Monday, November 30, 2009

Cost Basis Reporting: impact on TA systems, if any

The Emergency Economic Stabilizaton Act of 2008 consists of a tax provision which requires brokers to report extensive cost basis information to the IRS and investors. Investors who received past gain/loss statements from their brokers should realize that these statements were not reported directly to the IRS. As a result, this provision brings cost basis reporting for tax purposes to an entirely new level.

In just over two years, starting on January 1, 2012, brokers and their transfer agents will be required to track and report gains/losses for mutual fund transactions in much greater detail than currently required. The deadline for stock transactions is actually one year earlier: January 1, 2011. Experts in the industry are saying that any brokerage which has not started planning for the systems impact is already behind schedule.

There is no shortage of articles highlighting the need to take action and vendors touting potential solutions. One major class of solutions aims to import data from existing transaction processing systems and compute the required cost basis information for investors and the IRS. Approaching the problem as only a reporting challenge has its appeals, probably foremost for cost and expediency. Recoding a transfer agency system during a recessionary period (or anytime, for that matter) ranks up there with persuading Americans to agree on healthcare reform.

With respect to mutual funds, transfer agency shareholder recording systems ("TA systems"), from vendors such as DST, PNC, SunGard, and Envision, generally follow fundamental rules when tracking sharelots. (For those wondering, assume a sharelot to represent the most basic level of tracking an investment in a stock, ETF, mutual fund, bond, etc. on a TA system.) The following such rules apply to a single account ("account-level processing").

1. When an investor purchases shares in a mutual fund, a sharelot is created on the trade date of the investment. If for some reason multiple purchase orders for the same fund occur on the same trade date, the TA system might consolidate those orders under one sharelot.
2. When an investor sells/redeems shares in a mutual fund, the balance of an existing sharelot is reduced by the size of the sell order as of trade date. The choice of which existing sharelot to reduce depends on various rules, usually chosen by the mutual fund (hopefully disclosed in the corresponding Prospectus or Statement of Additional Information.)
3. When an investor reinvests a dividend into a mutual fund (not necessarily the same fund which paid the dividend), the balance of a sharelot created specifically for reinvested dividends is increased. Generally, every reinvestment trade does not create a new sharelot (but, as with everything related to transaction processing, exceptions may exist).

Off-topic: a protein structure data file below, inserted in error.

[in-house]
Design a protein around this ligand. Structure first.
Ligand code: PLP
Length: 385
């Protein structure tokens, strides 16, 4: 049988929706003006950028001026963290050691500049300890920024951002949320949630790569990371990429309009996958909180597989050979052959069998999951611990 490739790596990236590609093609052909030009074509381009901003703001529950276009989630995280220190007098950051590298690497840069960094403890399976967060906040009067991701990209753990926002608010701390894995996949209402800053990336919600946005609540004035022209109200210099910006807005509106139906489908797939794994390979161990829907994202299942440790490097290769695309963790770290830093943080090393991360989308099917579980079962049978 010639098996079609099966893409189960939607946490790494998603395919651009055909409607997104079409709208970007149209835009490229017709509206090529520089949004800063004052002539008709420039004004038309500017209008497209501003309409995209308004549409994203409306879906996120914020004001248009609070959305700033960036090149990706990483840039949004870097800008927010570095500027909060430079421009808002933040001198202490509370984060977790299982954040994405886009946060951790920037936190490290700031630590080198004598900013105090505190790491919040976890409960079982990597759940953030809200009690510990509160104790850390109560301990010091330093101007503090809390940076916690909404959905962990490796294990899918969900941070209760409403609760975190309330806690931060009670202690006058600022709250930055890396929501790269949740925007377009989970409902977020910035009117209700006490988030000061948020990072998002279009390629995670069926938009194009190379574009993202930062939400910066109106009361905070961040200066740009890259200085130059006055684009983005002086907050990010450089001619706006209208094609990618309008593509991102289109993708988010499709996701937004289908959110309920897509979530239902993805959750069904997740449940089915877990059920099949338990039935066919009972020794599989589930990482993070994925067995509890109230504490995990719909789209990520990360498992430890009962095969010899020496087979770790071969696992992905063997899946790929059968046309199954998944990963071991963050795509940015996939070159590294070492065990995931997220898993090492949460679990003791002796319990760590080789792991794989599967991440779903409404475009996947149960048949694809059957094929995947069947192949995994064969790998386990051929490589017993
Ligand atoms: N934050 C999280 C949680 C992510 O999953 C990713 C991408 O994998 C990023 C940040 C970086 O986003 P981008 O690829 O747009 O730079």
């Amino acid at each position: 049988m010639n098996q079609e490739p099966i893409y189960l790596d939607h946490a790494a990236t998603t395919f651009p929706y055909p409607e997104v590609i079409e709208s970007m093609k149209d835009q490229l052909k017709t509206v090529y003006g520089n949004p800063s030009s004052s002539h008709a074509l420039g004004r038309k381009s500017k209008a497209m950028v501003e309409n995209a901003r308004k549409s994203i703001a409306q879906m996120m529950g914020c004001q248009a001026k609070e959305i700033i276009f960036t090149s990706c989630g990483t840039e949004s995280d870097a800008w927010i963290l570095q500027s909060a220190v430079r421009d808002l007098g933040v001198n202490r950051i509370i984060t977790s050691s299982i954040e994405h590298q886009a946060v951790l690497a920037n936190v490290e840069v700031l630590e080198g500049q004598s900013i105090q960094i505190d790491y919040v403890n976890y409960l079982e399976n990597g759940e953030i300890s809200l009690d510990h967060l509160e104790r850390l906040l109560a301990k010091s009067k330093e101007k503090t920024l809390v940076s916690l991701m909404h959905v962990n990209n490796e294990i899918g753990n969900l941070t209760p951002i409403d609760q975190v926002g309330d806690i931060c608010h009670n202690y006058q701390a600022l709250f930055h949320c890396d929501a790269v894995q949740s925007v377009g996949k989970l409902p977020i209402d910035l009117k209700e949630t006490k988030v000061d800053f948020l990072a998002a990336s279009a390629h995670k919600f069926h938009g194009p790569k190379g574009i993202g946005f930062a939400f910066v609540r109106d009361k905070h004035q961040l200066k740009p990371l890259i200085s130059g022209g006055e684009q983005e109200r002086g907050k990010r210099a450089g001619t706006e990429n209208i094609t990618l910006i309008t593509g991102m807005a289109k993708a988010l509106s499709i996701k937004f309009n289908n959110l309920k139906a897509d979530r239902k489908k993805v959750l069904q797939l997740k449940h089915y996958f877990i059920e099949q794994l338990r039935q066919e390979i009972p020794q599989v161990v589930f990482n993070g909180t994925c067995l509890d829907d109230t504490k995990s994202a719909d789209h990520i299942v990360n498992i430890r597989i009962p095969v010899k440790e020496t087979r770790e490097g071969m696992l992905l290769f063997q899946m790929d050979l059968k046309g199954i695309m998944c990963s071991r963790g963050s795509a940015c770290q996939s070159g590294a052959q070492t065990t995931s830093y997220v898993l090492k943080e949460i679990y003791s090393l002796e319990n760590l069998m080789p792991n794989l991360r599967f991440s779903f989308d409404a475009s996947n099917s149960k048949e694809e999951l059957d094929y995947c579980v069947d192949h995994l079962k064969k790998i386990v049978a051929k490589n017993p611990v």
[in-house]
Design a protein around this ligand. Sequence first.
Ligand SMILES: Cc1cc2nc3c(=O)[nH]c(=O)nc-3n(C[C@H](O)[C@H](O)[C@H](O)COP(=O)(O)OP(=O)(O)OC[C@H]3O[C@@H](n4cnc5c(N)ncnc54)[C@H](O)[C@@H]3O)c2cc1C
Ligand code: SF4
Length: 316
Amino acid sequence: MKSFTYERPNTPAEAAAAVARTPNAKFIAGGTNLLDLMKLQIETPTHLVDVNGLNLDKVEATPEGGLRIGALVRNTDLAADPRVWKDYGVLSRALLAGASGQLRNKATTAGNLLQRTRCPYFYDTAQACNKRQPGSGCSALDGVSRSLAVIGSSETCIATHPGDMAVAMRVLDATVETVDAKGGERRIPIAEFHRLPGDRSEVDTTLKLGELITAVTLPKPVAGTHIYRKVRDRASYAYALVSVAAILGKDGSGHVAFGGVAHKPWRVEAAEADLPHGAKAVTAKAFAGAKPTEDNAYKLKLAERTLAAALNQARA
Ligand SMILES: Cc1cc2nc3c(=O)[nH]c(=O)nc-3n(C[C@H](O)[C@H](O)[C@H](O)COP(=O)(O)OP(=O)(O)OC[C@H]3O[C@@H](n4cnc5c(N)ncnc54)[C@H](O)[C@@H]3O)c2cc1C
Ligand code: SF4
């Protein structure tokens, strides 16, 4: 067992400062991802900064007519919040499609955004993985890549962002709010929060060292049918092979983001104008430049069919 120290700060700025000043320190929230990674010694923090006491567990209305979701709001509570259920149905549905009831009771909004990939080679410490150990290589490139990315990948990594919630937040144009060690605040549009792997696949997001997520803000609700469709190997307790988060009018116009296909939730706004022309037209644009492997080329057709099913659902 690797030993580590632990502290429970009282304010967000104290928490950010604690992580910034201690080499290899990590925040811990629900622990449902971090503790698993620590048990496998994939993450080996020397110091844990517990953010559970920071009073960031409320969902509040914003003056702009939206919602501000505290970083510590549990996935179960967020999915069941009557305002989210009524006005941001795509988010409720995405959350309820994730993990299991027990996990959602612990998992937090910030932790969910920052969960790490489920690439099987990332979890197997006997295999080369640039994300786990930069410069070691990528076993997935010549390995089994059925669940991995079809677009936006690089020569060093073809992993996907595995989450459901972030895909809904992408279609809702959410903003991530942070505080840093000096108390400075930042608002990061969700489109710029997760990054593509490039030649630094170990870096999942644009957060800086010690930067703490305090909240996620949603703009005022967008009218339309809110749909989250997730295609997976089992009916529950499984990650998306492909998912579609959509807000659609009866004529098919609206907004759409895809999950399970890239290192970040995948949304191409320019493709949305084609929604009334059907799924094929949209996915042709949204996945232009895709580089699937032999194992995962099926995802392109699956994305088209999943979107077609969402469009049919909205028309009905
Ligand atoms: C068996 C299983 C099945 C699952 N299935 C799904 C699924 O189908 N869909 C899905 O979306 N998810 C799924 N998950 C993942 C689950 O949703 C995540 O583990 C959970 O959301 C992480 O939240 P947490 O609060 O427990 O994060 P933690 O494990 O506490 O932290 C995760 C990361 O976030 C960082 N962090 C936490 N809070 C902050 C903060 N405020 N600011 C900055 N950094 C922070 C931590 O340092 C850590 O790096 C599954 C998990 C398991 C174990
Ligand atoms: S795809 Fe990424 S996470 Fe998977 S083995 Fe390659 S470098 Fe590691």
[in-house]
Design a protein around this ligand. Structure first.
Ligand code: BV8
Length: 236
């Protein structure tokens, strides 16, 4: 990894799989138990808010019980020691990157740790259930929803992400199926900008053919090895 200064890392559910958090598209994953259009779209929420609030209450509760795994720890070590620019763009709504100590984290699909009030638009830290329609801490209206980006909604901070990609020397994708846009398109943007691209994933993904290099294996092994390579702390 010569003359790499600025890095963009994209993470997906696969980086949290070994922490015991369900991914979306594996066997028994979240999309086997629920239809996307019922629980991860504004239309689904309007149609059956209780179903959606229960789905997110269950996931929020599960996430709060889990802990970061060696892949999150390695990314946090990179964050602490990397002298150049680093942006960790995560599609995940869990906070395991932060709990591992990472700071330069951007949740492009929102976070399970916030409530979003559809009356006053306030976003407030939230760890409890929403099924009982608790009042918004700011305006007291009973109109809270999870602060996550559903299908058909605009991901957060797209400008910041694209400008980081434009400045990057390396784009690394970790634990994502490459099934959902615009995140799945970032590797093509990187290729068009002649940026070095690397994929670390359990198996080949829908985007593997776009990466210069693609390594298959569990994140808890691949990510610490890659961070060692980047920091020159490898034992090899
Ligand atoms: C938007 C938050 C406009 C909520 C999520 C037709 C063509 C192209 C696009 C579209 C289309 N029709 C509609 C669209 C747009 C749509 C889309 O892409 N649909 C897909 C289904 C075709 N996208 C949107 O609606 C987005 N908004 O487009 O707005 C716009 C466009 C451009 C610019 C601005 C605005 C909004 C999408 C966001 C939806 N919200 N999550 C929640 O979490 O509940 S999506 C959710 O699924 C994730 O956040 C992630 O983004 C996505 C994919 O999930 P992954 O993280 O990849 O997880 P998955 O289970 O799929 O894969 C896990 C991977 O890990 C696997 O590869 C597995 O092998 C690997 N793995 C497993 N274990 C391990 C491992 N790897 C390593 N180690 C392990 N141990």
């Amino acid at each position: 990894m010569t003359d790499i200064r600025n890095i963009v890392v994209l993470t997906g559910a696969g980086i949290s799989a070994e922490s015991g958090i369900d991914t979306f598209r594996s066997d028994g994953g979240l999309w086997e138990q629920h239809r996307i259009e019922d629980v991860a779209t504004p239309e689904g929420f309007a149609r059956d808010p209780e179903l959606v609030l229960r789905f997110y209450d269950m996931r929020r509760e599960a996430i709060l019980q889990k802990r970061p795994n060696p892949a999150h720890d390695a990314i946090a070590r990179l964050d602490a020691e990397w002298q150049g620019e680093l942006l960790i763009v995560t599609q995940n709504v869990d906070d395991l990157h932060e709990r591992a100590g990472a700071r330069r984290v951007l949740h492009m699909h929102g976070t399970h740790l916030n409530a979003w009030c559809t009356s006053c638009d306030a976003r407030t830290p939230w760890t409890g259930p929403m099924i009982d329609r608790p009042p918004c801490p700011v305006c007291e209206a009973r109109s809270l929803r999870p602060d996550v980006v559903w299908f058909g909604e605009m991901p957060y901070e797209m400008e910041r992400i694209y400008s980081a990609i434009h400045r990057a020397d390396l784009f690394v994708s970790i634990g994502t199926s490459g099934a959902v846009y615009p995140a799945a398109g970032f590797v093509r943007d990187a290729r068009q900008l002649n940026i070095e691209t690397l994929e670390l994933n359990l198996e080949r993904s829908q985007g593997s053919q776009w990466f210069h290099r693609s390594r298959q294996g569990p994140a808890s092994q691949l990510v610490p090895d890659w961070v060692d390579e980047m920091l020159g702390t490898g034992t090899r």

4. The purchase or sale of mutual fund shares as part of an exchange (selling one fund and using proceeds to purchase another) is handled no differently. Sharelots are reduced and created accordingly. However, other rules may take into account special redemption fees, front-end loads, or commissions, for which additional sharelots might be required in order to facilitate computations.
5. Moving shares from one account to another (i.e. changing brokers) generally has no impact on the sharelots, should not result in a taxable event, and should not change the cost basis. However, brokers need to be certain to transfer the sharelot data properly across systems. A surprising portion of account transfers require human intervention, such as sending/receiving faxes and manual data entry.

What might the new cost basis reporting requirements mean for mutual fund transactions and share balances recorded on TA systems, and their users? Here are a few potential repercussions to consider.

1. Systems which follow certain rules for processing sell orders might need to accommodate other rules required under the tax provision.
Simple FIFO or LIFO no longer suffices. Investors will have the option to select which rules to
follow, even change selections over time.

2. The reinvestment of dividends may require the creation of more sharelots in order to track each individual reinvestment transaction. The IRS will require brokers to compute the gain/loss for each set of shares purchased, regardless of whether an investor used cash or dividend distributions to fund the purchase.
3. Wash sales occur when identical shares (the true meaning of which may be pending clarification) are purchased within 30 days before or after being sold. If a taxable loss is realized when shares are sold, the corresponding purchase would require an adjustment to the sharelot cost basis. Not all TA systems may handle this adjustment automatically.